Human eye transmits data to brain at Ethernet speed

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Well-Known Member
Sep 1, 2005

Eye transmits to brain at ethernet speed

Researchers estimate retina transmits data at 10 million bits per second

By Ker Than
Staff Writer

Updated: 10:32 a.m. PT July 28, 2006

Using a retina from the eye of guinea pigs as a model, scientists estimate that our eyes transmit visual information to our brains at about the same rate as an Ethernet connection.

The finding is detailed in the July issue of the journal Current Biology.

The guinea pig retina was placed in a dish and made to "watch" movies containing four types of biological motion, such as a salamander swimming in a tank of water. Electrodes measured the electrical spikes emitted by ganglion cells in response to the clips.


The researchers calculate that the 100,000 ganglion cells in a guinea pig retina transmit roughly 875,000 bits of information per second. The human retina contains about 10 times more ganglion cells than that of guinea pigs, so it would transmit data at roughly 10 million bits per second, the researchers estimate.

This is comparable to an Ethernet connection, which transmits information between computers at speeds of 10 million to 100 million bits per second.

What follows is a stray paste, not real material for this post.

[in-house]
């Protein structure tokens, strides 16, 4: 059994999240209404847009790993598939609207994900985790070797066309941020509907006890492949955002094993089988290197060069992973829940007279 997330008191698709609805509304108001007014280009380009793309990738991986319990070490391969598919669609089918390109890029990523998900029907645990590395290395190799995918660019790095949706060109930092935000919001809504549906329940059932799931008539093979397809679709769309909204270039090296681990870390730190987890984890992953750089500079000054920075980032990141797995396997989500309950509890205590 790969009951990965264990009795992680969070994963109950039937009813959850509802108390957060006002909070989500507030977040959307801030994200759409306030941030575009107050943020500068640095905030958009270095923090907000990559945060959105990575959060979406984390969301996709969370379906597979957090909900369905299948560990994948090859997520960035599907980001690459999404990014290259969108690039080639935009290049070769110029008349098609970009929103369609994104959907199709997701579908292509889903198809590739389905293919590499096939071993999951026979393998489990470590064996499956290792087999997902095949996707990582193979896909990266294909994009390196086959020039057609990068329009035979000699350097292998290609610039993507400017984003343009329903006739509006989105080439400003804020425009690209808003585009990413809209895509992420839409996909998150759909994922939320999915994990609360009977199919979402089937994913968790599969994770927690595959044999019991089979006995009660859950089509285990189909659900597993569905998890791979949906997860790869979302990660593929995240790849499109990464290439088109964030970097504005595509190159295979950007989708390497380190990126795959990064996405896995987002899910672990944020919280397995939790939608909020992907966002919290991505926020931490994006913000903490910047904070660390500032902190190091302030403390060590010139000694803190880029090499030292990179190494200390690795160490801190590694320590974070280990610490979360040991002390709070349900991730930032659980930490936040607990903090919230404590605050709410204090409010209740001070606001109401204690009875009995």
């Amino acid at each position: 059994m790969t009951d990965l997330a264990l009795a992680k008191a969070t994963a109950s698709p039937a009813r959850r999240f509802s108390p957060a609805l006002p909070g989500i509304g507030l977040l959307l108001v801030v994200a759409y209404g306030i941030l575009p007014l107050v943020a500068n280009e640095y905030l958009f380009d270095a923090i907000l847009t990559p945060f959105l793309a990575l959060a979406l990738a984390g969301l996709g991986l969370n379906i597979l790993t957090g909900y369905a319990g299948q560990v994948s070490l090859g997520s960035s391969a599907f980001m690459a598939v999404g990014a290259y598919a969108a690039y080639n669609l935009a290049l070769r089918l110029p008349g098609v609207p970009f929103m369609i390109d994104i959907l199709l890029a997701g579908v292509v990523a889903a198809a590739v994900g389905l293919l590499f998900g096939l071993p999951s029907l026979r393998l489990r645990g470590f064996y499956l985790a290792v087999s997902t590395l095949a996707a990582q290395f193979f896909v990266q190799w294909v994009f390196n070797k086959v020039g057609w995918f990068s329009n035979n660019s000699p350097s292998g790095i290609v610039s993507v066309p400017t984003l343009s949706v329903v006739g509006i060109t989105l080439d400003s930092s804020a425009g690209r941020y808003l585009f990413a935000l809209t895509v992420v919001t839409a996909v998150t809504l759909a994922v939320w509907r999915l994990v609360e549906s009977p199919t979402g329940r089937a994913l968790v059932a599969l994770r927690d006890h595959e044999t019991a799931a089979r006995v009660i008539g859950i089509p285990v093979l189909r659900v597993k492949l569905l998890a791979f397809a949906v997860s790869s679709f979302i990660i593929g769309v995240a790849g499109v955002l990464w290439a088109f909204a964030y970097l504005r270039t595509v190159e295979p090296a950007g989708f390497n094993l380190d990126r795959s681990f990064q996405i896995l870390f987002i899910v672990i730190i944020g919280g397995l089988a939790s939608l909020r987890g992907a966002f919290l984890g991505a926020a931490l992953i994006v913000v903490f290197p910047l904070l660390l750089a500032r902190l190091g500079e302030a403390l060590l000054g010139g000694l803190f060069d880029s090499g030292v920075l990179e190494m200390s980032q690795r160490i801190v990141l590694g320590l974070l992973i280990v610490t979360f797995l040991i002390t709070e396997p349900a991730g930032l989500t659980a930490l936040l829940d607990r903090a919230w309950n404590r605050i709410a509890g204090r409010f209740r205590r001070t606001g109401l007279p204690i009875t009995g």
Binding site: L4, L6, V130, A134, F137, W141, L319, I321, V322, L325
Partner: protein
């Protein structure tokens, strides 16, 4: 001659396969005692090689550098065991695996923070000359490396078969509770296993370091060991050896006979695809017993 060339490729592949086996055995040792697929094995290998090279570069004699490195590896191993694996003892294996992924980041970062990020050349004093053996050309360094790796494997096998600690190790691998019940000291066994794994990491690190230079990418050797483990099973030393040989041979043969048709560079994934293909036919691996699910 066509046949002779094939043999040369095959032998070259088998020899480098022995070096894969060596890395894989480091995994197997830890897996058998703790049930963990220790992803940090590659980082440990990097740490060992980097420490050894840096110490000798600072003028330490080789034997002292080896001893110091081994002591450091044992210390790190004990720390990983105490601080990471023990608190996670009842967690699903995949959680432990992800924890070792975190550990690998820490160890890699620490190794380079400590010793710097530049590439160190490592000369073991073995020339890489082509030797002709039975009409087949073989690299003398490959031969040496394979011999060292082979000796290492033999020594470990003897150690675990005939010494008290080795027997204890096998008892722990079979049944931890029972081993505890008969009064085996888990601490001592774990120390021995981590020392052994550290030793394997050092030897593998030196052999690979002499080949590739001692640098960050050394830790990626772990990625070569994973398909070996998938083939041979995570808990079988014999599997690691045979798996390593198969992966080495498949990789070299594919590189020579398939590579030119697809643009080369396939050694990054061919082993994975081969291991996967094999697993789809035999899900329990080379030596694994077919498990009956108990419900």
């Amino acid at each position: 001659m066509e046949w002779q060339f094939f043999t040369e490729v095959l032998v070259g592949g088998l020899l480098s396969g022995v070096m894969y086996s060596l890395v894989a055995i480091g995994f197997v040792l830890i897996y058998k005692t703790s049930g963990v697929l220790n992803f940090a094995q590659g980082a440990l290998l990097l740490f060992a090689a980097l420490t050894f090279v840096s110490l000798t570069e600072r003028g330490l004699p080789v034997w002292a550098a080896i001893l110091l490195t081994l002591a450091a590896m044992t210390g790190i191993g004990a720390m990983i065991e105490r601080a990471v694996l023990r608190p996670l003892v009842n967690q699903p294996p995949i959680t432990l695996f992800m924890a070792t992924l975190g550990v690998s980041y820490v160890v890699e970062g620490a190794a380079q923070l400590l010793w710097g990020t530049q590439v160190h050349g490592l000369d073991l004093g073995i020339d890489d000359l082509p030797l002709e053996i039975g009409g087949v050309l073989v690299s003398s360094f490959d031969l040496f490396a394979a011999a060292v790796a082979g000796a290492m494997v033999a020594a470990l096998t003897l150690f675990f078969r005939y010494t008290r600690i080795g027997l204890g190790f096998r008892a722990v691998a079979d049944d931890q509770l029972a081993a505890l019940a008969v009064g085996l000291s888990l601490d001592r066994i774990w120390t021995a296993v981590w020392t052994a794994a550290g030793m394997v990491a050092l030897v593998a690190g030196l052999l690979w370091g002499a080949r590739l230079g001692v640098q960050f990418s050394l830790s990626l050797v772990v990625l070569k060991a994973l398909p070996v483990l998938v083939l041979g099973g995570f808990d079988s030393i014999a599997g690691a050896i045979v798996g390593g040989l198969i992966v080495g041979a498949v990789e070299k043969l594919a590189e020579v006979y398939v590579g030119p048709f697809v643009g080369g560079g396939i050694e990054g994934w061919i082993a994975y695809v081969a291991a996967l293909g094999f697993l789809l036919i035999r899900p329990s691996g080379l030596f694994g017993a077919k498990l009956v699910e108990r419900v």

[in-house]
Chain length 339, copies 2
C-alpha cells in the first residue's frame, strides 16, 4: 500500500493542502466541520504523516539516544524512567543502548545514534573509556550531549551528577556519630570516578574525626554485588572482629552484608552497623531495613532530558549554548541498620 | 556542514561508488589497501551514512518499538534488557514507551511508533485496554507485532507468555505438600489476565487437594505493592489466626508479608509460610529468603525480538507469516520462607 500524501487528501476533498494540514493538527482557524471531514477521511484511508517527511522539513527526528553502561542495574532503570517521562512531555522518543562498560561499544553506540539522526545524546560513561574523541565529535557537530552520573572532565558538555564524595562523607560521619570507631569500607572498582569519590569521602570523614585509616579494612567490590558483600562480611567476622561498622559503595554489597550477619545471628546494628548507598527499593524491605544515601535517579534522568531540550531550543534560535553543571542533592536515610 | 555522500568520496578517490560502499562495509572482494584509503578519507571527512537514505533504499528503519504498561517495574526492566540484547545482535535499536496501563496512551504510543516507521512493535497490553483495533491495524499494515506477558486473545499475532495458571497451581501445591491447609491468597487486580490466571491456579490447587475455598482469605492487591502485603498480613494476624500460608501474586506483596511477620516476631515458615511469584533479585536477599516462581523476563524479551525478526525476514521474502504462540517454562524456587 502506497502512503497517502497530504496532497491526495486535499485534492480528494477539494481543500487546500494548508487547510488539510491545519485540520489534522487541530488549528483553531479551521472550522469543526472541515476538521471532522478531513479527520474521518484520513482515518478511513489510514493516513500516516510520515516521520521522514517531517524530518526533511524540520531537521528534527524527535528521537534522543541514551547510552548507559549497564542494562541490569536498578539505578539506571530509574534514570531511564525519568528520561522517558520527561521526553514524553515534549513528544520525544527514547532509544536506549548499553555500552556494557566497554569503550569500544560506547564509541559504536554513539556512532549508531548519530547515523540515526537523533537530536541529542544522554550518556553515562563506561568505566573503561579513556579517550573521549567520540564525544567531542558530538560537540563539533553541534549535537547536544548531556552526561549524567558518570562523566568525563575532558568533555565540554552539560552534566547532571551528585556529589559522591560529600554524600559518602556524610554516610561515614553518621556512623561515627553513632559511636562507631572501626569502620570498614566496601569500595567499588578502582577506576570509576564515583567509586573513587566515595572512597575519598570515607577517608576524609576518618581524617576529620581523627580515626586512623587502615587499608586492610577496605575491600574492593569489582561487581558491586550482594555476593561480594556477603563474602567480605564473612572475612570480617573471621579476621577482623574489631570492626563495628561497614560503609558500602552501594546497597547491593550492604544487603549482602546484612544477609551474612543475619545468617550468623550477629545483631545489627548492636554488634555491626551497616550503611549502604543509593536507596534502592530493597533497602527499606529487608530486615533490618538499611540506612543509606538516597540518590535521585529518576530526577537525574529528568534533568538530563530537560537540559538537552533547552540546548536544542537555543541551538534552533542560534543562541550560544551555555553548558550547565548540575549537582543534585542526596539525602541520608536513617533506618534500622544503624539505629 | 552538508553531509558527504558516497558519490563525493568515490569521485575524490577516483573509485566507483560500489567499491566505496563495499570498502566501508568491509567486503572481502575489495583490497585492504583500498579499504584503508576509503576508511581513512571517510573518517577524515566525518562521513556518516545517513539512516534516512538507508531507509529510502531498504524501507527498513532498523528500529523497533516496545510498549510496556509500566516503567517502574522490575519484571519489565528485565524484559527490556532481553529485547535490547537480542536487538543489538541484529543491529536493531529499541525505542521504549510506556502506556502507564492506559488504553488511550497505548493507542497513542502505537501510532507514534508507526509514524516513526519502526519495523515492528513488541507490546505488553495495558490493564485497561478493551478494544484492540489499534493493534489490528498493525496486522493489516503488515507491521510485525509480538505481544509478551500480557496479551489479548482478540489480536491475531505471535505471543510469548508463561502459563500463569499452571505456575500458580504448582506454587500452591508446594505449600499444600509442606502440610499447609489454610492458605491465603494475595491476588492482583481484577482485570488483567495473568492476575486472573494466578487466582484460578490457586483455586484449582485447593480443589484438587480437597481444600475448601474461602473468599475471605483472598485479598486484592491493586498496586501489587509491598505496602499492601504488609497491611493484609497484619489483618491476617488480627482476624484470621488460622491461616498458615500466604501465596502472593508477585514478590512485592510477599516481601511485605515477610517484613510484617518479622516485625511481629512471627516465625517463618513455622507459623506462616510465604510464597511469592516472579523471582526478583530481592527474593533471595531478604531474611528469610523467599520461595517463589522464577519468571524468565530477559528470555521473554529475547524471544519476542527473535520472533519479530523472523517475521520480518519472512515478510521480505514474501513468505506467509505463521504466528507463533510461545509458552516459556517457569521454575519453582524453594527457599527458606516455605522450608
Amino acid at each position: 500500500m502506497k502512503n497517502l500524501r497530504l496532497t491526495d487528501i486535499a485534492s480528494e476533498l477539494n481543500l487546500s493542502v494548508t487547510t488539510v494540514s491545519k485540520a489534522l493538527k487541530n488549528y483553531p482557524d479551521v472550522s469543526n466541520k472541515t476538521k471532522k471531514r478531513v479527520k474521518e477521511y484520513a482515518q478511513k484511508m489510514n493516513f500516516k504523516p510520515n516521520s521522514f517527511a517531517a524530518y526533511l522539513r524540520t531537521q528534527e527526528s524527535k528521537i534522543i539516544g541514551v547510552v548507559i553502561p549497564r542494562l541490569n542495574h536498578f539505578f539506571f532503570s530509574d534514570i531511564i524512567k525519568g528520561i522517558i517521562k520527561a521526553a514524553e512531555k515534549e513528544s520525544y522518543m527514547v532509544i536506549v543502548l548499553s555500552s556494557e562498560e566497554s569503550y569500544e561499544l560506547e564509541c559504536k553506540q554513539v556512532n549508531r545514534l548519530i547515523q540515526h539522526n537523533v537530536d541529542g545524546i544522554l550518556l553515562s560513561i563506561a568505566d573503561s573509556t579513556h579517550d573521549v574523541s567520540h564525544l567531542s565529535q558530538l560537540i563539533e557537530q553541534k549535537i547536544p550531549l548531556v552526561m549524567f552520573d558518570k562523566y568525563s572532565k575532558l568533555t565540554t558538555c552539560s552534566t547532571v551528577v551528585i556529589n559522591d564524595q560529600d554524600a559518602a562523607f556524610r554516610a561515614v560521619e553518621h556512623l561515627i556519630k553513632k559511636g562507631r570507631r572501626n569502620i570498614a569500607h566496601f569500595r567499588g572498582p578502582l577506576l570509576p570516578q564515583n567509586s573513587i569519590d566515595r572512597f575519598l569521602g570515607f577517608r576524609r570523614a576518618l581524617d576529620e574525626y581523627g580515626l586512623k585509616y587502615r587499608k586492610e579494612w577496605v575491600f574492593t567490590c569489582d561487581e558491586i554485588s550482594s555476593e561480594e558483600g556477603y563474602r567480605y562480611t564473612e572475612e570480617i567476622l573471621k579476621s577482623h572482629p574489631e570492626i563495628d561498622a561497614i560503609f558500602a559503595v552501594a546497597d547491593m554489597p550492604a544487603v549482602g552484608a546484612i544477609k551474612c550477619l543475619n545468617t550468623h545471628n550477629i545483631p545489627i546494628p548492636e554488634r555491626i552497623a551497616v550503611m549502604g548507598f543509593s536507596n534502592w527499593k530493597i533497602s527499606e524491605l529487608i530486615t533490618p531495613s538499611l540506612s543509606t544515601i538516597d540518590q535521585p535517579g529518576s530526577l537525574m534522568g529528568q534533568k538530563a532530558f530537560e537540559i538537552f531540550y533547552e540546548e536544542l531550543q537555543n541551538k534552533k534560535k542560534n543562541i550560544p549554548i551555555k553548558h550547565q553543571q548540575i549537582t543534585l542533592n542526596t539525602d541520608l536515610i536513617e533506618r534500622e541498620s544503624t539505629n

Click on link for complete article.


CPiSS (Chargers Post Season Syndrome)
Staff member
Mar 5, 2006
WonderSlug said:

Also, what about the 10 percent of the population that is color blind? Do they transmit less information per second? :icon_huh:
Or more being that there is less information needed in a grayscale image than a color one.


Well-Known Member
Apr 27, 2006
And the eye is a muscle, and it can get stronger.

One way that Baseball players work on that is to mark tennis balls with numbers. Those numbers are in 2 separate colors.

Now then I forget the Player (maybe it was Kenny Lofton) but they load those balls up in that cannon they have for practice. It shoots the tennis ball out at about 100MPH. Now these players as they stand in the batters box, are supposed to pick that ball up, get the number that is on the ball, say it, and say the color that it was written in.

Now this player, and the end of the bucket that he was using, the coach that was helping him noticed that all the “red” number balls were down by the batters box, and all the “blue” colored balls were down by the cannon.

I know I can’t process information that fast.


Well-Known Member
Nov 16, 2005
Seems like there was a Padre player involved in some kinda eye thing several seasons ago.